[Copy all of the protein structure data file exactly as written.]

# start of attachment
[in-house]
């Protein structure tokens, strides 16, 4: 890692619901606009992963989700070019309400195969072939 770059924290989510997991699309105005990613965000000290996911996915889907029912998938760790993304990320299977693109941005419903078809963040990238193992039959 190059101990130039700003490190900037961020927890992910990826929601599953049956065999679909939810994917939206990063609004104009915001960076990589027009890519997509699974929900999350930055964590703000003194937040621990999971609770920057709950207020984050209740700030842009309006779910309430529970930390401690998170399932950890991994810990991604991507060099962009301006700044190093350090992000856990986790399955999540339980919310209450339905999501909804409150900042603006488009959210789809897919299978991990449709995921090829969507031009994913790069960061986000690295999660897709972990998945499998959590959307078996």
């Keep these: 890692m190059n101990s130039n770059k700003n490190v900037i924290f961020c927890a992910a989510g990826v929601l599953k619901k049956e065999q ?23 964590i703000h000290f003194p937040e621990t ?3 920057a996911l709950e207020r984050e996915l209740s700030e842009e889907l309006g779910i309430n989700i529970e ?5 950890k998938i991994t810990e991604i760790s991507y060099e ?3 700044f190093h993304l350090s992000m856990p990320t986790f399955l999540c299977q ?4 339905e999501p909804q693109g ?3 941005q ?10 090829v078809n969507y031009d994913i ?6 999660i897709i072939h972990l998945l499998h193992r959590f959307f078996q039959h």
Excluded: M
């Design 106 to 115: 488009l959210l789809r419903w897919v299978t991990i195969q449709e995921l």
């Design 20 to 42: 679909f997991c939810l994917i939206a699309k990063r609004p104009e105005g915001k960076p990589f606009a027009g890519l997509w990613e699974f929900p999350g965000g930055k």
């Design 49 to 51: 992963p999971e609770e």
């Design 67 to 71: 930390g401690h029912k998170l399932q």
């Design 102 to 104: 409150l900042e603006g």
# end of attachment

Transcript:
[in-house]
């Protein structure tokens, strides 16, 4: 890692619901606009992963989700070019309400195969072939 770059924290989510997991699309105005990613965000000290996911996915889907029912998938760790993304990320299977693109941005419903078809963040990238193992039959 190059101990130039700003490190900037961020927890992910990826929601599953049956065999679909939810994917939206990063609004104009915001960076990589027009890519997509699974929900999350930055964590703000003194937040621990999971609770920057709950207020984050209740700030842009309006779910309430529970930390401690998170399932950890991994810990991604991507060099962009301006700044190093350090992000856990986790399955999540339980919310209450339905999501909804409150900042603006488009959210789809897919299978991990449709995921090829969507031009994913790069960061986000690295999660897709972990998945499998959590959307078996």
């Keep these: 890692m190059n101990s130039n770059k700003n490190v900037i924290f961020c927890a992910a989510g990826v929601l599953k619901k049956e065999q ?23 964590i703000h000290f003194p937040e621990t ?3 920057a996911l709950e207020r984050e996915l209740s700030e842009e889907l309006g779910i309430n989700i529970e ?5 950890k998938i991994t810990e991604i760790s991507y060099e ?3 700044f190093h993304l350090s992000m856990p990320t986790f399955l999540c299977q ?4 339905e999501p909804q693109g ?3 941005q ?10 090829v078809n969507y031009d994913i ?6 999660i897709i072939h972990l998945l499998h193992r959590f959307f078996q039959h």
Excluded: M
């Design 106 to 115: 488009l959210l789809r419903w897919v299978t991990i195969q449709e995921l």
């Design 20 to 42: 679909f997991c939810l994917i939206a699309k990063r609004p104009e105005g915001k960076p990589f606009a027009g890519l997509w990613e699974f929900p999350g965000g930055k």
């Design 49 to 51: 992963p999971e609770e």
């Design 67 to 71: 930390g401690h029912k998170l399932q």
């Design 102 to 104: 409150l900042e603006g």